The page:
Dennis D. McDonald ( consults from Alexandria Virginia. His services include writing & research, proposal development, and project management.



Book review by Dennis D. McDonald

This novel tells the story of a young Canadian woman who, following the death of her Japanese father, returns to Japan to discover the secrets of their heritage. She finds her father had trained as a Kamikaze pilot during World War II but, to his shame, did not die a glorious death. After the war he returned to Canada where he raised his crippled daughter, never revealing his past.

In Japan the young woman meets her half sister, an artist, who is obsessed with the events surrounding her father’s role in the war. They travel in Japan and we become caught up in family relationships and family history that are intertwined with contemporary Japan’s still-resonating memories of World War II.

The novel starts out with a deceptively small number of characters and a seemingly simple plot, but with the mystery of the father’s past. The story becomes more complex as it proceeds and as more characters appear, as more historical plot lines evolve, and as more themes dealing with World War II Japanese culture and events unfold.

Most appealing to me is the author’s detailed observations about subtle and nuanced human expressions, feelings, and relationships. I don’t usually read books that present controlled emotions and feelings is such a detailed fashion. Thankfully, the author’s skill keeps the story from lapsing into melodrama.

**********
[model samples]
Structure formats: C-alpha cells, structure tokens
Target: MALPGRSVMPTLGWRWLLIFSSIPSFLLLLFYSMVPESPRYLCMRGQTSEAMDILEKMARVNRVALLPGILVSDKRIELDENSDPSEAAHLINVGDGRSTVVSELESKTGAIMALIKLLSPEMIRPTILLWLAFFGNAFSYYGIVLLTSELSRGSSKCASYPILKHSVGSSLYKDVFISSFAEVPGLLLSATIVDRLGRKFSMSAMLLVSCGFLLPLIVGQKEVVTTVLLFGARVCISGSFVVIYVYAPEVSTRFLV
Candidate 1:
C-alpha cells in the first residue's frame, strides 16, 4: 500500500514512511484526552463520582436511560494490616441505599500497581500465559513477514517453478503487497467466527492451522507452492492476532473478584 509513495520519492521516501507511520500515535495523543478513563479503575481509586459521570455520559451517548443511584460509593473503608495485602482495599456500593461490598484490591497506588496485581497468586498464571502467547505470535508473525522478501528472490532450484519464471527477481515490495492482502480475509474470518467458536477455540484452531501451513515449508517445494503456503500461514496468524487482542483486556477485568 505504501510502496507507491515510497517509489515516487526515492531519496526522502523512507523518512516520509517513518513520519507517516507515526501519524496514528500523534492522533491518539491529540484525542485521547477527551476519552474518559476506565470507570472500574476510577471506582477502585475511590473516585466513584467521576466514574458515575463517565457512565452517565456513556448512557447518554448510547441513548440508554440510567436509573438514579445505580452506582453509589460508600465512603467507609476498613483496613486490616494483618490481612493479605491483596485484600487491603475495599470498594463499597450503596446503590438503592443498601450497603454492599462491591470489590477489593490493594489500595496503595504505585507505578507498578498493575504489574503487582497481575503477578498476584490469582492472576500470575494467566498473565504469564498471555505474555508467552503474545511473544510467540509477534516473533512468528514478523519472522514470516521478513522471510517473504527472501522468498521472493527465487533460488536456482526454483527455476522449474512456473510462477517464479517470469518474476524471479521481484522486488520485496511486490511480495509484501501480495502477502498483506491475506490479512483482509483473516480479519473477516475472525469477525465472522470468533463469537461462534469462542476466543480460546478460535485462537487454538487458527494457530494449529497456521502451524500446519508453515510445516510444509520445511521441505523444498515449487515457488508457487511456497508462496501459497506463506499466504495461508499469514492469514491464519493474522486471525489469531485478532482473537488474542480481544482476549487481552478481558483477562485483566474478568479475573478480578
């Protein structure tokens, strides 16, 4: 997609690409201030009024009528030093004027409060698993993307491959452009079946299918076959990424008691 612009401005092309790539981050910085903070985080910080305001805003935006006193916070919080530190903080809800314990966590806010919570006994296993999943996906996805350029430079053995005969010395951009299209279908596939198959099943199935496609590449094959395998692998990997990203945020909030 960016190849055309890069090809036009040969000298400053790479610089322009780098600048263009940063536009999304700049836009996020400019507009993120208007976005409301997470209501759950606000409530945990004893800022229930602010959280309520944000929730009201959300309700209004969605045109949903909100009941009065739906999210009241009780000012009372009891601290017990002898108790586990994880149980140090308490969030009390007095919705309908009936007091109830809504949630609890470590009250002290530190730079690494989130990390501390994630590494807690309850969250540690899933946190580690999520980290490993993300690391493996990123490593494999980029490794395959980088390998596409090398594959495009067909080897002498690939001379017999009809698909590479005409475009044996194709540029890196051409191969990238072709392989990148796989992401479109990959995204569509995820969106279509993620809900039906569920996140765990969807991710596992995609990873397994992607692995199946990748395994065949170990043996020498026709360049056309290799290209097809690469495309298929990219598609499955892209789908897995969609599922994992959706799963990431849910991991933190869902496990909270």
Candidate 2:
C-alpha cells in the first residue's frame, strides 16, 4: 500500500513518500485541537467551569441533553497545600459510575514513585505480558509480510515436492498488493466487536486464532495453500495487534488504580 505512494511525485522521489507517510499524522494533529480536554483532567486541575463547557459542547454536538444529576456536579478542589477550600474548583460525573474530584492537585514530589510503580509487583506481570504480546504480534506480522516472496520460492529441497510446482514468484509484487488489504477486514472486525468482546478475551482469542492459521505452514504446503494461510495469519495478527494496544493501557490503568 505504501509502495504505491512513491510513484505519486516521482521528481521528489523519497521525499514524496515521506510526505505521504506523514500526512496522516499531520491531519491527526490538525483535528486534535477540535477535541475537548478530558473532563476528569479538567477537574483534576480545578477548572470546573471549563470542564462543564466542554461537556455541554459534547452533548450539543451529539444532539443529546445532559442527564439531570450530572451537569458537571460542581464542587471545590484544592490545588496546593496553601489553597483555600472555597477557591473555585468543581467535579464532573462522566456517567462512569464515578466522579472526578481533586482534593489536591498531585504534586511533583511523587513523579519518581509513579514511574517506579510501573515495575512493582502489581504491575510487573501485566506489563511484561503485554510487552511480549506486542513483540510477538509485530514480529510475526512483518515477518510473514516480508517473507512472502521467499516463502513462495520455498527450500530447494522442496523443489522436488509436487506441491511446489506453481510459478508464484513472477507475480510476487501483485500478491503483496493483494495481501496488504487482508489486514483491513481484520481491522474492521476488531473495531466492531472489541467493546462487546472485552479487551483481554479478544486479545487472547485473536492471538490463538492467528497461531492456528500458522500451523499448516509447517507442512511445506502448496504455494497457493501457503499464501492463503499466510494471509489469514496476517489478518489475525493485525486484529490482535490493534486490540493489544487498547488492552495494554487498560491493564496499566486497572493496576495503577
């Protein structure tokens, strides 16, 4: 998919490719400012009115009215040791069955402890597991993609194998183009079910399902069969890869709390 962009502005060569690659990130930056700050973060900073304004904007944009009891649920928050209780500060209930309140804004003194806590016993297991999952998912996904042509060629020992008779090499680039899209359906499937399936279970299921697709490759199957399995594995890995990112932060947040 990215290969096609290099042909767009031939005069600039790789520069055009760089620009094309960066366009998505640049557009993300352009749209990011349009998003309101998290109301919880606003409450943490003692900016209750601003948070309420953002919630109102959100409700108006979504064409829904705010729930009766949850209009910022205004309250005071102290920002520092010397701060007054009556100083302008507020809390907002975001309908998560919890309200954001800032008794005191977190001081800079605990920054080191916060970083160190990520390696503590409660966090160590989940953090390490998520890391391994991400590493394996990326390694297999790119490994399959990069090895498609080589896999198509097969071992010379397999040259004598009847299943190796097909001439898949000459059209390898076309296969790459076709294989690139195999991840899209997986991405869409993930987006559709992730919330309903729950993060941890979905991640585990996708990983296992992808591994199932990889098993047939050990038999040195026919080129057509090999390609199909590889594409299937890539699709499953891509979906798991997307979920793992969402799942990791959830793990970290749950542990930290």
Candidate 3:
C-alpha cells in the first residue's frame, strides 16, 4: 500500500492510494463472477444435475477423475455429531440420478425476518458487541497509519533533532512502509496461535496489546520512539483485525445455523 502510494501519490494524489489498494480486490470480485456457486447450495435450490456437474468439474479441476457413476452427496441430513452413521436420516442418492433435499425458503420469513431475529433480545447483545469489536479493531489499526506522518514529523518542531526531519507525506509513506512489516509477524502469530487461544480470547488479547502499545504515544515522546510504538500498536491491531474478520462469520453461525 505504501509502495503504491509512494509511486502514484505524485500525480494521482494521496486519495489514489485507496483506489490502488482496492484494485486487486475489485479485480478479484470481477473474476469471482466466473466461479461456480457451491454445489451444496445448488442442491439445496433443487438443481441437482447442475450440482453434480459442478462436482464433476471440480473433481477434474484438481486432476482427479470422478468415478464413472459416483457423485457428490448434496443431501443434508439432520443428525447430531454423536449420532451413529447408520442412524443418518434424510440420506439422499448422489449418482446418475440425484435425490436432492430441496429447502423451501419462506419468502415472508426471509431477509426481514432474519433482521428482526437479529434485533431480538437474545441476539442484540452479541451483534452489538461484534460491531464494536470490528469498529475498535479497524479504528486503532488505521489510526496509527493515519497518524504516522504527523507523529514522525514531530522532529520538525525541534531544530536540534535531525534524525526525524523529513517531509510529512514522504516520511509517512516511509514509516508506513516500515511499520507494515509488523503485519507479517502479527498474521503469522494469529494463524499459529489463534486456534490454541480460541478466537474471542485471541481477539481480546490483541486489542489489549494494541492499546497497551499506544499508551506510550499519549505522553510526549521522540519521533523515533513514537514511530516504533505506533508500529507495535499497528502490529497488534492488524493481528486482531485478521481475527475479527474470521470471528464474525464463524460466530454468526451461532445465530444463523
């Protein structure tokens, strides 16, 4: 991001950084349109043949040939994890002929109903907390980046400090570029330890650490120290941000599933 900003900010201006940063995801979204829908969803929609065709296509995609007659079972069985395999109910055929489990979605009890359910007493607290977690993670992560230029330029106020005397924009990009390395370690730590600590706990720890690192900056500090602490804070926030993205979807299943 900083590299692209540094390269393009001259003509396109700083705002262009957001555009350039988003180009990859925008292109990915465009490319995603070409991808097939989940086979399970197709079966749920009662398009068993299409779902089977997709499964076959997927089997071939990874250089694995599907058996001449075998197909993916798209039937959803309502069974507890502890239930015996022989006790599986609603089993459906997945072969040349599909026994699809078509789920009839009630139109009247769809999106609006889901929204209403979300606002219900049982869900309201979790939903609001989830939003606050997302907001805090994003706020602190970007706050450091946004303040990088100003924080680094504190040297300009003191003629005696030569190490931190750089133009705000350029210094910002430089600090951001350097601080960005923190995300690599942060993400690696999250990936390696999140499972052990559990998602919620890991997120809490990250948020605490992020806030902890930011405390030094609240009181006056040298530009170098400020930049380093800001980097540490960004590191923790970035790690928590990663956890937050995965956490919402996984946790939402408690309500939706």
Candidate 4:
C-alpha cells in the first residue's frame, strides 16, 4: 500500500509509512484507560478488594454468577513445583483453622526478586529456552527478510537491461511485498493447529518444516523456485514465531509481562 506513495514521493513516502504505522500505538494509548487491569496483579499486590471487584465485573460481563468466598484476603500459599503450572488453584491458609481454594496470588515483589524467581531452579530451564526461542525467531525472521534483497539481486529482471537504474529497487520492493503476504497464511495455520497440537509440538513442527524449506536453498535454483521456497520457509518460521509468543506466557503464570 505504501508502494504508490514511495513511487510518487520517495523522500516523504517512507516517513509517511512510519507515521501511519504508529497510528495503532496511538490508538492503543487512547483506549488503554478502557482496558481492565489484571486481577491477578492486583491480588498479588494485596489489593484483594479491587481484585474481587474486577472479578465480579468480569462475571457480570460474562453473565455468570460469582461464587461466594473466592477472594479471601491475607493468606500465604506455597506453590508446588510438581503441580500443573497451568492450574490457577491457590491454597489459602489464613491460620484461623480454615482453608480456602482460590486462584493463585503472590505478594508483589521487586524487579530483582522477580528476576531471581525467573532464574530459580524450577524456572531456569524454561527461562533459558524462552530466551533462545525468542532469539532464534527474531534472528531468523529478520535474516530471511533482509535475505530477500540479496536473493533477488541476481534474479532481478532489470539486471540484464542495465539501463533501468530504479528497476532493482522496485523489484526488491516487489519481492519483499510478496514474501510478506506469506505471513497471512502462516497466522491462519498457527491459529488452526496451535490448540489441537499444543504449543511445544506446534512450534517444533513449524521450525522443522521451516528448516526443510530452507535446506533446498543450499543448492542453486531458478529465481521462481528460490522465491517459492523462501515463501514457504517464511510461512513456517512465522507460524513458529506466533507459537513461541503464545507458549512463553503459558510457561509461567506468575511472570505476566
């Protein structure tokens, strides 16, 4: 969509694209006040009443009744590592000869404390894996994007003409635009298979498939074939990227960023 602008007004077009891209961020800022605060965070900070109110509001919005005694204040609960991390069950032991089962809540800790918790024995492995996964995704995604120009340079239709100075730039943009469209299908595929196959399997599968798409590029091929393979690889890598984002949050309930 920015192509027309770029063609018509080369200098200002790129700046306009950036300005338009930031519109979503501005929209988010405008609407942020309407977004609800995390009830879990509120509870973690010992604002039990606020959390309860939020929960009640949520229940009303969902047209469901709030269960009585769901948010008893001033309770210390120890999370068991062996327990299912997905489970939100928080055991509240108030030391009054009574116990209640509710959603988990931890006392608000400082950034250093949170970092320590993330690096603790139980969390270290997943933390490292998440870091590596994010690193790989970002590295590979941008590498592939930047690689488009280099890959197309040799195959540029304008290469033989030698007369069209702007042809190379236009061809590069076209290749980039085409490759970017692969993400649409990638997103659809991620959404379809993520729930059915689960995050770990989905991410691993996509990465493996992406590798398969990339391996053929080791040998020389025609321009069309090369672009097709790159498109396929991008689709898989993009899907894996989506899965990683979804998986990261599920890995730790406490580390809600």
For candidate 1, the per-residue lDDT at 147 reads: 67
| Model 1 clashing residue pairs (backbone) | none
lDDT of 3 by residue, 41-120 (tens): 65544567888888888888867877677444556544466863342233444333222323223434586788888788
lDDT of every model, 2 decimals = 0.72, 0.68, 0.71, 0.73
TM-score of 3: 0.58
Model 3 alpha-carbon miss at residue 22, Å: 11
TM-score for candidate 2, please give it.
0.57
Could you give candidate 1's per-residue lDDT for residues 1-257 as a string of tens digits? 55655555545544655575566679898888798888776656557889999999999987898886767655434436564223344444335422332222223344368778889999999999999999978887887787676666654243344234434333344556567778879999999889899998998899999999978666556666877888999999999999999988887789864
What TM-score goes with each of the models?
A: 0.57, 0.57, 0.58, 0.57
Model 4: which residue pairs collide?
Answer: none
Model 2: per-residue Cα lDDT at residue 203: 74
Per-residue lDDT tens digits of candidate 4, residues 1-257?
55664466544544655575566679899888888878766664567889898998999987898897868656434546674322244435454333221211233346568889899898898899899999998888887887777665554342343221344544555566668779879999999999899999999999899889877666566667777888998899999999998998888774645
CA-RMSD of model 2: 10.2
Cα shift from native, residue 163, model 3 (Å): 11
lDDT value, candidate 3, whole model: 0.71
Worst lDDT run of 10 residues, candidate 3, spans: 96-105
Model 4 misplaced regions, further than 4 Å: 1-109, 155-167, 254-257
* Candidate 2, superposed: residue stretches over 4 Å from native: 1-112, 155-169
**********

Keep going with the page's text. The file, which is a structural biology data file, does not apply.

Perhaps what I found most interesting was how the author weaves together the girl’s search for her father’s past with increasingly detailed revelations about Japanese culture and how the War still reverberates. This is an area about which I am completely ignorant, yet what I read here has a ring of truth.

Here’s an example of the author’s writing:

On thing she knew: there was nothing special, good or bad, about the Japanese. They were people, and it was war. There was something small, slight, occasional but monstrous all the same in everyone. It was carried by each child coming into this world: a hard nut of cruelty, a callus on the heart that either grew bigger or stayed child-sized, but never disappeared. It was the same with kindness; it could grow or wither.

I found myself reading numerous passages like this. Sometimes it was just a brief description of a subtle action, or sometimes an observation of an object seen in passing.

I enjoyed this book.It is touching, educational, sensitive, and very moving.



Arturo Pérez-Reverte's THE FENCING MASTER